Would it be unsettling if you learned that 4 out every 10 of your customers are thinking about switching to a competitor? For many business owners and marketing managers, it would be a nightmare scenario that could cause many sleepless nights. This statistic is not a hypothetical question for wireless communications providers. A recent global survey of 8,700 consumers by Nokia Simmons Networks found that about 40 percent of wireless customers would entertain switching companies. That figure is astounding in itself; it is further amplified by the fact that this figure is 20 percent higher than just one year ago. Wireless companies hold leverage in the form of restrictive contracts that include early termination fees, but otherwise it appears that they are vulnerable to customer switching behavior.
What Customers Want
According to the NSN survey, what matters to wireless subscribers is pretty straightforward:
- Voice quality
- Network coverage
- Contract conditions
If these factors are the greatest influences on customers’ choice of wireless provider, it should not be too difficult to manage these issues to make them positive contributors to a customer’s experience of doing business with the wireless provider of choice. Managing these factors and other touchpoints in the customer experience (e.g., billing, customer support) can be reduced to one word: Simplicity. A product whose underlying technologies are anything but simple to communicate via voice, text, and access the Internet must replace complexity with simplicity when it comes to the user interface with wireless companies.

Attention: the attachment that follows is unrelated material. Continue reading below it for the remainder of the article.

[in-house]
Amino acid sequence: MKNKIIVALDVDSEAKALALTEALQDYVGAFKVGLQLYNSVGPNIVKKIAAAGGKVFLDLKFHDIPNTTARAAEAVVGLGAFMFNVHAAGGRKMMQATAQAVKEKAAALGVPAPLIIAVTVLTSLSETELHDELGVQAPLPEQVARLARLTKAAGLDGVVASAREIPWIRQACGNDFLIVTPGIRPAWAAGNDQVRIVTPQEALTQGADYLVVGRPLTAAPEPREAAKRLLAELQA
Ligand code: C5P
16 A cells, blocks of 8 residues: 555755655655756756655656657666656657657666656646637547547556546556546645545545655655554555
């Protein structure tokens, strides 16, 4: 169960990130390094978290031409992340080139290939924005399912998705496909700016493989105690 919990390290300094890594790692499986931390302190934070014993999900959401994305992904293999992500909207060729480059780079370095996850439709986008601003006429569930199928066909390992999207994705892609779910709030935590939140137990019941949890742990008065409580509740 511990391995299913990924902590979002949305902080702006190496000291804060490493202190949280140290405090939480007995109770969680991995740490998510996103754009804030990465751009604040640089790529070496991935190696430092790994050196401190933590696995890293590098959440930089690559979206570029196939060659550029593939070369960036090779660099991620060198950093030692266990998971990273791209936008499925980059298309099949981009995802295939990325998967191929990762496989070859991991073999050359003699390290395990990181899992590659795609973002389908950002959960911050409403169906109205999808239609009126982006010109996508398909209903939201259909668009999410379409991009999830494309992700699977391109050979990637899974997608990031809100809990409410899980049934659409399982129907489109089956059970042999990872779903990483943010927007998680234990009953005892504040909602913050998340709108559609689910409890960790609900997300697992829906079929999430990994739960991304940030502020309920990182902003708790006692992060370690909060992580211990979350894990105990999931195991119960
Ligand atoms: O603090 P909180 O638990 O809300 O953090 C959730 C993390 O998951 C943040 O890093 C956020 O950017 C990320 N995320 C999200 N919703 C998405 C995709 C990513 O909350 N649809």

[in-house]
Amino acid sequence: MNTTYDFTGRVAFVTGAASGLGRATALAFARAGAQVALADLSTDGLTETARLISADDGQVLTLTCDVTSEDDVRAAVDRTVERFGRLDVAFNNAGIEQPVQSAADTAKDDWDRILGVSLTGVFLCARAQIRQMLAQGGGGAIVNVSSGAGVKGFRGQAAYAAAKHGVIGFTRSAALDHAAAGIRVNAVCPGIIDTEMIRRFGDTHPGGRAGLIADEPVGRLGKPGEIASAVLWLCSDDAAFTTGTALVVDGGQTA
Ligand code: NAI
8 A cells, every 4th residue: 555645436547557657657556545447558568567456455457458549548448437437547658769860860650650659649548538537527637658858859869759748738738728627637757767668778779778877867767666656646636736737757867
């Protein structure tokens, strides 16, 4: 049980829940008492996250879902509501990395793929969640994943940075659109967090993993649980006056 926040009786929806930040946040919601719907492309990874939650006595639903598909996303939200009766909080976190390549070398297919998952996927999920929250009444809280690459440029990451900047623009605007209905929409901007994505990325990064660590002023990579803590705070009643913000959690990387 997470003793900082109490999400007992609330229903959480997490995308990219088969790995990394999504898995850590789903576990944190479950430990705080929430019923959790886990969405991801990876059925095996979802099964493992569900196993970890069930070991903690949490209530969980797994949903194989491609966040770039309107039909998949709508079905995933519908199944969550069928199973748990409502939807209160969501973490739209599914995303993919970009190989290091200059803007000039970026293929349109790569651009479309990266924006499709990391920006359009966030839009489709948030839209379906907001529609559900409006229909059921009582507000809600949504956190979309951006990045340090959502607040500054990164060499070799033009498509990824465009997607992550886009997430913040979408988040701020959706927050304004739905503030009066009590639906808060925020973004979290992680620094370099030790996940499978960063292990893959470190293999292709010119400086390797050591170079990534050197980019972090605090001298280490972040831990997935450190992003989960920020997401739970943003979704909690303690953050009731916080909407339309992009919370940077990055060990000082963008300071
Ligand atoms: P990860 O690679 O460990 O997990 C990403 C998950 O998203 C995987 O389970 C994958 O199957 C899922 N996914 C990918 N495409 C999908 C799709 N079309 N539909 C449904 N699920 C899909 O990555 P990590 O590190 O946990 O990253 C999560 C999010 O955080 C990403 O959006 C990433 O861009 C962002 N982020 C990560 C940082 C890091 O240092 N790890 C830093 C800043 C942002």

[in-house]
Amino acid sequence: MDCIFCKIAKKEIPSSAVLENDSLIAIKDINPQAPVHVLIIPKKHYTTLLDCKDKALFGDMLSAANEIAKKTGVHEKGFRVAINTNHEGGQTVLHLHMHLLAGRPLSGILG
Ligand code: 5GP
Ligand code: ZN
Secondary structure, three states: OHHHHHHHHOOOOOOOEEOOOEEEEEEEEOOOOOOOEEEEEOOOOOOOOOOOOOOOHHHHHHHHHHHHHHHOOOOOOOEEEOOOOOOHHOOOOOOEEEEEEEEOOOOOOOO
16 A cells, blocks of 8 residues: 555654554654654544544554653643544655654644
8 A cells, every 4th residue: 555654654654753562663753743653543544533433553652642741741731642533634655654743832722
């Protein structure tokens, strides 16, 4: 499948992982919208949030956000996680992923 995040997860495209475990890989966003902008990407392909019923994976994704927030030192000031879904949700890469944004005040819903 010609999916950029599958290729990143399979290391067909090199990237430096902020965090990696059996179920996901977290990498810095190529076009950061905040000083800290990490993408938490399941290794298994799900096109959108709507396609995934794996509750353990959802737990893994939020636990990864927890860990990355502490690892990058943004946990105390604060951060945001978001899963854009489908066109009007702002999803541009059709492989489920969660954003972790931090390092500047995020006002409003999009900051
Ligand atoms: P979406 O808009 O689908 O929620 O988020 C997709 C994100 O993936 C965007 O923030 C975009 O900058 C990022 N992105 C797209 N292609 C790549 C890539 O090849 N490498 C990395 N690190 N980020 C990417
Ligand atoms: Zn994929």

Managing the Customer Experience
Knowing what customers value in their consumption experience is a starting point in managing customer satisfaction and minimizing customer churn. Going forward, one characteristic of companies that effectively retain customers will be a commitment to mapping and measuring the steps of the customer journey. In the wireless device category, voice quality, network coverage, and contract conditions influence satisfaction but are not the only determinants. Companies that commit to getting a more in-depth understanding of what customers want at every step in the customer journey will be better positioned to meet those wants and minimize dissatisfaction that could trigger a desire to switch to a competitor.
Here is a parting thought shared by Sarah Reedy, who wrote the article linked below: “Acting like you could lose a customer at any minute is the best way to ensure you don’t.”